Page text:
Wireless Alternatives

Why fire-rated glass? Because of Building Code Requirements. But today, you have a choice of products that offer higher performance and human safety while still meeting building code requirements. You can achieve a better design aesthetic with larger sizes that allow you to specify a passive rather than active system, such as sprinklers. Clear glass also allows you to bring light into your spaces.

Left: Fairmont Hotel in Vancouver, British Columbia, Canada, Right:CCU I-study corridor, Coastal Carolina University in Conway, South Carolina

Photos courtesy of Olaf Rohl, 2015 (left); Robert Steve, 2017 (right)

Fire-rated glass offers high performance and design flexibility while maintaining strict building code requirements. Shown here, The Fairmont Hotel in Vancouver, British Columbia, Canada (left); CCU I-study corridor, Coastal Carolina University in Conway, South Carolina (right).

Features and Benefits of Fire-Rated Glass

Innovations in glazing technology and materials have dramatically changed the industry, bringing several benefits to architects, designers, and building owners:

Expanded Fields of Use
  • Longer fire ratings and larger-sized glass
  • Higher degrees of fire resistance/protection
  • Application-adapted performance
  • Accidental human impact solutions
Multifunctional Features
  • Visual clarity
  • Sound reduction
  • Decorative and privacy treatments
  • Solar and thermal insulation
  • Explosion resistance
  • Bullet resistance
  • Hurricane resistance
  • Seismic rating

Daylighting for Energy Efficiency

Using fire-rated glass is also an excellent way to harness natural daylight in open-plan building designs while ensuring fire safety and energy savings, reducing the need for artificial light, reducing carbon footprint, and cutting heating and cooling costs. In exterior applications, these products may be incorporated into double and triple glazing with solar control and low emissivity features, which allows for the most amount of light while maintaining the energy performance of a building.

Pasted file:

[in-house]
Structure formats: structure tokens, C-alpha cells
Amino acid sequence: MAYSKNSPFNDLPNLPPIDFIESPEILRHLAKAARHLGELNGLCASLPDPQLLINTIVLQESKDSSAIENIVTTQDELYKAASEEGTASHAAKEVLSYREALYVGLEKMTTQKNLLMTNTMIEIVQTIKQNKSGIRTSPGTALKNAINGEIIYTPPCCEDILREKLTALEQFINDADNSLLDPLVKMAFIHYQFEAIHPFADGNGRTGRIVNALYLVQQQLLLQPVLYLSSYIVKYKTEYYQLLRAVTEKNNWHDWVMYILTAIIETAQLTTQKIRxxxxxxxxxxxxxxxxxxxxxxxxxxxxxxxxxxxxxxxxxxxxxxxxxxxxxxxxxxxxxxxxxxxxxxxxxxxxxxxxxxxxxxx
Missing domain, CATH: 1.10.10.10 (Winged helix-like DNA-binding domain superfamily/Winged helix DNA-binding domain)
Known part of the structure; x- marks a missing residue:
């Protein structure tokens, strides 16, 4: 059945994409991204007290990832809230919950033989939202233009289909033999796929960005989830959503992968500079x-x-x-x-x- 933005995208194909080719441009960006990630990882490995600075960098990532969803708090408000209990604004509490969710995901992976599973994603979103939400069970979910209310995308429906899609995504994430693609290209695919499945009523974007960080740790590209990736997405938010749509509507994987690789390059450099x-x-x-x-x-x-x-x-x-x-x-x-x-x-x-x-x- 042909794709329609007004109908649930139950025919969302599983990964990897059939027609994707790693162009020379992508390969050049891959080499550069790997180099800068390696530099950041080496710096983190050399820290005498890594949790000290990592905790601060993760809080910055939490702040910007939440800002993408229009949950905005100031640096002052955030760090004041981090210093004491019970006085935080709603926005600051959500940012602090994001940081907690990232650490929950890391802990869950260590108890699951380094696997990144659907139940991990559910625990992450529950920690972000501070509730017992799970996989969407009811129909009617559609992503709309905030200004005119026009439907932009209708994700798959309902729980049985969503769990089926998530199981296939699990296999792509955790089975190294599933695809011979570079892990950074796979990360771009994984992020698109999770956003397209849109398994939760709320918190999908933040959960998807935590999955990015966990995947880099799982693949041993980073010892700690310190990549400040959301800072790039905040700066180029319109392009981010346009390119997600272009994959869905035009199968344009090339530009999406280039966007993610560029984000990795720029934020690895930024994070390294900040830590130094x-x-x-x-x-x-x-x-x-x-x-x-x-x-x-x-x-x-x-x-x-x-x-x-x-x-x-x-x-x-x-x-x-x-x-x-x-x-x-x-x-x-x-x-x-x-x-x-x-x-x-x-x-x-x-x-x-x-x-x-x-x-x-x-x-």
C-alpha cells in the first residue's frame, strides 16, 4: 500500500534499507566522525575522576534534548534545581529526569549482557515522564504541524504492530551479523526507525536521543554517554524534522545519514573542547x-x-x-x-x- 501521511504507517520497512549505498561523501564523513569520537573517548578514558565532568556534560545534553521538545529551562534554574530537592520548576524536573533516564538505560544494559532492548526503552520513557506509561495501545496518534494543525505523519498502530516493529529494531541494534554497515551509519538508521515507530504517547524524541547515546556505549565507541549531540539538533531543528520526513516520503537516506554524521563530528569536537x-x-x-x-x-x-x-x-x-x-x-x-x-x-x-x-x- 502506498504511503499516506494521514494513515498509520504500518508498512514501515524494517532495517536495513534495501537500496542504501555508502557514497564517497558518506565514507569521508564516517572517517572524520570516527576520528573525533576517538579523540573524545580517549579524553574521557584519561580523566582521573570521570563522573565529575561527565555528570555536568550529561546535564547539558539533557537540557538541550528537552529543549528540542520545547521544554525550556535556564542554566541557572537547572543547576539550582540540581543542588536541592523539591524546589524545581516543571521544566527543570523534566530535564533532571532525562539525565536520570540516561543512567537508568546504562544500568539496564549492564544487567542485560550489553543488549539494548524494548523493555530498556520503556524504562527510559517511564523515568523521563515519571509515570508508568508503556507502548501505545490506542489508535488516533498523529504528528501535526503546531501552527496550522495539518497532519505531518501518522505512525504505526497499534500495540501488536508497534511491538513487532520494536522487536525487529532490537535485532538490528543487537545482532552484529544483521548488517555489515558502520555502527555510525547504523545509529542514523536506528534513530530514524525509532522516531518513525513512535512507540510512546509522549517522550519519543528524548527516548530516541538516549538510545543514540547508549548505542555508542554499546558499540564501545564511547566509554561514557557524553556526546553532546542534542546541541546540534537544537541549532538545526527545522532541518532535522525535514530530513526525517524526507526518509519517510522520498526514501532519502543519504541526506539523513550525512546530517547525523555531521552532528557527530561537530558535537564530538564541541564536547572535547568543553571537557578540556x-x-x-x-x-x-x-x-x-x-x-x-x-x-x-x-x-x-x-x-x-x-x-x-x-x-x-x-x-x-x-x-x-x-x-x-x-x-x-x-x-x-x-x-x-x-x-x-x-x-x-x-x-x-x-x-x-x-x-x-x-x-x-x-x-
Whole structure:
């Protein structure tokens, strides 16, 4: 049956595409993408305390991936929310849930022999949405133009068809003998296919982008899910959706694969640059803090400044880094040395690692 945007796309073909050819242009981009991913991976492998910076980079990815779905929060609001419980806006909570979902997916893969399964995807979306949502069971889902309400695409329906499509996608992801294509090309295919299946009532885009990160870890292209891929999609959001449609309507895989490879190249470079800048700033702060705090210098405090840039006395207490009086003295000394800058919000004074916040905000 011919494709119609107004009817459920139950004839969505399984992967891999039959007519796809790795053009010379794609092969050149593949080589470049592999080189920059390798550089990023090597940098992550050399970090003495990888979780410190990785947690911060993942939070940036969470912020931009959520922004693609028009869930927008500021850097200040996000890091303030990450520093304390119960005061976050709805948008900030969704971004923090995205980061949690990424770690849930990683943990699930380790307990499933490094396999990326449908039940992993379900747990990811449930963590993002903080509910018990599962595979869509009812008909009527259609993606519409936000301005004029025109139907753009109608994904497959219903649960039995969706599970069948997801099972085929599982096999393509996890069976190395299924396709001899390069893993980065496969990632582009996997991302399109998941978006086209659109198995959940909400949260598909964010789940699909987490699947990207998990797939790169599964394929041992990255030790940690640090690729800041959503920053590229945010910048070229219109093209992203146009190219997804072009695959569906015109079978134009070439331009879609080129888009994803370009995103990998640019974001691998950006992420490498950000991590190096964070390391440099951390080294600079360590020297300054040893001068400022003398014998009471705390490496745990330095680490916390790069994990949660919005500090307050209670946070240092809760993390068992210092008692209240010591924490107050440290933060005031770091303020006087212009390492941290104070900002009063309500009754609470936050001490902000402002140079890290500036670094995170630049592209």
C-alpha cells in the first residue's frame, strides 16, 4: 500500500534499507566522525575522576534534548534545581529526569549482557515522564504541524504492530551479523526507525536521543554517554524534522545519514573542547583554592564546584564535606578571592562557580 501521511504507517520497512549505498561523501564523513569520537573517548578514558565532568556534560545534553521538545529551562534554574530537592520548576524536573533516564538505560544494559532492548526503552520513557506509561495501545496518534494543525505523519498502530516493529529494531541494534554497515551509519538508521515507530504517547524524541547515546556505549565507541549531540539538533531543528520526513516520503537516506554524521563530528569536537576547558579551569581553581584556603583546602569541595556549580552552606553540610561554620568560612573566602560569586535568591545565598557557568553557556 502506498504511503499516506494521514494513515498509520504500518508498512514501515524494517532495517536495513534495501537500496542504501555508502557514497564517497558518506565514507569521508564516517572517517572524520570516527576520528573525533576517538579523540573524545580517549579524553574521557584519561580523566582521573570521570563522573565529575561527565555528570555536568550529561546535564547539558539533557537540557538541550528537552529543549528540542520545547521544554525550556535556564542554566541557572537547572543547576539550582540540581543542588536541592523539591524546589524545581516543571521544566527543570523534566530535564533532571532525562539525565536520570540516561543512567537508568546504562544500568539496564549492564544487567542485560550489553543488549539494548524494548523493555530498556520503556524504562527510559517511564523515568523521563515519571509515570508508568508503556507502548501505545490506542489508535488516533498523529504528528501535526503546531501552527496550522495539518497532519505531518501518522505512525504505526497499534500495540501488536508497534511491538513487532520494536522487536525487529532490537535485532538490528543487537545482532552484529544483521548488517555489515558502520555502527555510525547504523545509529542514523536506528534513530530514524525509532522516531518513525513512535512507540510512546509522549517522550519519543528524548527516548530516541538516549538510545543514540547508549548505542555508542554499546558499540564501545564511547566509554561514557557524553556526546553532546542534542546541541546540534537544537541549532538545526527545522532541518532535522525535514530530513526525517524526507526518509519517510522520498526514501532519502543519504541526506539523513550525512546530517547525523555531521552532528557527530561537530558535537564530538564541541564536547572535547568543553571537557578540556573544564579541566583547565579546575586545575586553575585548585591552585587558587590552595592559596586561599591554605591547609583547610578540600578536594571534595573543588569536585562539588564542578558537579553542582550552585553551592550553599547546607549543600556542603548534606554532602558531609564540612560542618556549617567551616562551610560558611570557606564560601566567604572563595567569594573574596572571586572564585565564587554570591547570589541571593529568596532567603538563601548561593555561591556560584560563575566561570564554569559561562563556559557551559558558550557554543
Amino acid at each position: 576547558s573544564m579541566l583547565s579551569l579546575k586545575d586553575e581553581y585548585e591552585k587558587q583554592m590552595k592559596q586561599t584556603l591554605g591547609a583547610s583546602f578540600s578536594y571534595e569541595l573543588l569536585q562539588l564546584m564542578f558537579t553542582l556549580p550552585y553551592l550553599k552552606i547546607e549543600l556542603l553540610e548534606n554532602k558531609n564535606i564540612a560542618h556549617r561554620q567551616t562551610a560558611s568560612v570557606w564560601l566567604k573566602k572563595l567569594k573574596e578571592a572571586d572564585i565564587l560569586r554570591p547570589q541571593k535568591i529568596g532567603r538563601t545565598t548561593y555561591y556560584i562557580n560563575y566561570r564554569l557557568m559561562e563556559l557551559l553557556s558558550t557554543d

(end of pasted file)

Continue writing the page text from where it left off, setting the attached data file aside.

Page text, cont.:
With the number of new glazing products available and the advancement of production technologies, the design possibilities continue to grow. Products now exist to accommodate virtually every condition, thus allowing the architect/designer to satisfy cost and performance objectives without sacrificing design or code compliance.

Natural daylight with fire-rated glass in the Verizon Flagship Store, Chicago.

Photo courtesy of Olaf Rohl

Fire-rated glass can be used to harness natural daylight while ensuring fire safety, minimizing the need for artificial light, and cutting heating and cooling costs. Shown here is the Verizon Flagship Store, Chicago.


[ Page 1 of 4 ]      
Originally published in Architectural Record


Advances in Fenestration Design and Functionality
Buyer's Guide
Extreme 300 Series High Performance Grille